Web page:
A R60 million multipurpose training and development centre to be built at the Agricultural Research Council (ARC) in Roodeplaat, Pretoria, is expected to give up-andcoming black commercial farmers a boost.
Speaking after the sod-turning ceremony at the centre recently, Rural Development and Land Reform Minister Gugile Nkwinti, said: “With this new multi-million rand facility, our objective will be to rekindle that class of commercial farmers destroyed by the Native Land Act.”
The event coincided with the handing over of certificates to 2 000 graduates who successfully completed a training programme on vegetable and livestock production at the Roodeplaat training facility.
According to Minister Nkwinti, the new facility, which should be built over the next few months, would complement his department’s flagship programme for young South Africans, the National Rural Youth Service Corps (Narysec).
The Narysec was established in September 2010, with its main goal to recruit and develop rural youth to perform community service in their own communities. The Narysec headquarters are in Thaba Nchu in the Free State.
“We are creating a class of black people who are going to run the country’s economy over the next decade. It will actually anchor them because scientific training will be done here.
They will go to Thaba Nchu to implement the theoretical part they have learnt at the new facility. We are looking forward to this facility to sustain our programme of empowering young people,” the Minister said.
He said the biggest challenge facing South Africa was food security.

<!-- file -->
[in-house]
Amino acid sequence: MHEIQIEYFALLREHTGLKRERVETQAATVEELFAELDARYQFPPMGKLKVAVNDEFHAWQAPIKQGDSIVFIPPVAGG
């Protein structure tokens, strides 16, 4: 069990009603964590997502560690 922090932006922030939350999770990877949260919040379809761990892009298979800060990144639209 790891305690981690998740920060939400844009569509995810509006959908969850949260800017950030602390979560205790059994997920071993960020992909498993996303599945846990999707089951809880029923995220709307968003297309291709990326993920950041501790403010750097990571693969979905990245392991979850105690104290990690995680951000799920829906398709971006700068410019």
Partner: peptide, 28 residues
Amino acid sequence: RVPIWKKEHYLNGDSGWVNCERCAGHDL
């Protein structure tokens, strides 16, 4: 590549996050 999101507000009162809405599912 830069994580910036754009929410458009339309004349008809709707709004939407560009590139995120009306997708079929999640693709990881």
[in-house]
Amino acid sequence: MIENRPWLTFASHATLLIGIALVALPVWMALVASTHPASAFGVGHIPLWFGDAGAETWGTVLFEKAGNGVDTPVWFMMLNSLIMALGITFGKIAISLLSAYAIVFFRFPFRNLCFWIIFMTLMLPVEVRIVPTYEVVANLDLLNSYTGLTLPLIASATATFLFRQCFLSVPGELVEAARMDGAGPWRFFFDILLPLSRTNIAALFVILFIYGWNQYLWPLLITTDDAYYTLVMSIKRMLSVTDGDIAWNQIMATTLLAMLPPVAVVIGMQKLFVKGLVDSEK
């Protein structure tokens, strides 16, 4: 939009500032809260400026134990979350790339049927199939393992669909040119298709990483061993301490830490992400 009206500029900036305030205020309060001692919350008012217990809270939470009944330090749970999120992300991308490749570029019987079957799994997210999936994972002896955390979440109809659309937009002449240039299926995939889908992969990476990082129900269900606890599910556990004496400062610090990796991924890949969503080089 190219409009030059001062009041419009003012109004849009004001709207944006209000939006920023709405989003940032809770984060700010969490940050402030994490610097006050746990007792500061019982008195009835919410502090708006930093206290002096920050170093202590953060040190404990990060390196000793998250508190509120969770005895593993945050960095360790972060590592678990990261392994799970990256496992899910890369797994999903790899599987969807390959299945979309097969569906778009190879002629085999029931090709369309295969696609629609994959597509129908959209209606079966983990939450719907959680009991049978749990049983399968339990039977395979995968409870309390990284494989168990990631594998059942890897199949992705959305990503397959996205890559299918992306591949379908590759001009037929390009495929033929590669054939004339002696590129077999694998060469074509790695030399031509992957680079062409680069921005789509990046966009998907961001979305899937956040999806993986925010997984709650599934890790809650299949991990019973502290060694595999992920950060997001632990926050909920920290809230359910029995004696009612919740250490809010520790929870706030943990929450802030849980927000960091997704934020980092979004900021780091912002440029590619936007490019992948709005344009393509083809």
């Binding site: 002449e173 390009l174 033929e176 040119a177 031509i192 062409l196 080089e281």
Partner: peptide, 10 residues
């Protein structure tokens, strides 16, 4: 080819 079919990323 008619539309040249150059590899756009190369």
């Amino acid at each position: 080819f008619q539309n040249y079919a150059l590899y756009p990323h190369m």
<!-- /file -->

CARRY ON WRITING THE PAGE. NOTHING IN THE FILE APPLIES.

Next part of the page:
“We don’t seem to appreciate the challenge because we can go to the market and buy whatever food we want to eat. However, there are many people who cannot afford it. I’m talking about people who go to bed without having a meal.
“We need to produce young farmers who can grow vegetables, produce meat and those who can also look after the environment to ensure that the environment around us can carry us through to the next 100 years.
“Again, if we continue to import food that we can also produce ourselves - then it means we will be exposing ourselves to a serious challenge of food security for the next 50 years. As government, we want to reverse this,” he said.
The multi-purpose training and development centre will be built through a partnership between the department and the ARC.
ARC CEO Dr Shadrack Moephuli explained that the ARC was involved in research and development of new scientific solutions and technologies.
Part of the challenge was finding the best ways to deliver these technologies, information and data to the people who needed to use it.
“We saw it appropriate that we contribute towards the success of agriculture, particularly land reform. We will provide them with the training so that they can be productive themselves, understand the use of technology, how to respond to the needs of consumers, but also how to ensure to identify the diseases at their respective farms and solve the problems on their own.
“We got into this partnership so that we can have a cadre of fairly successful farmers, who will be very productive by themselves,” he said.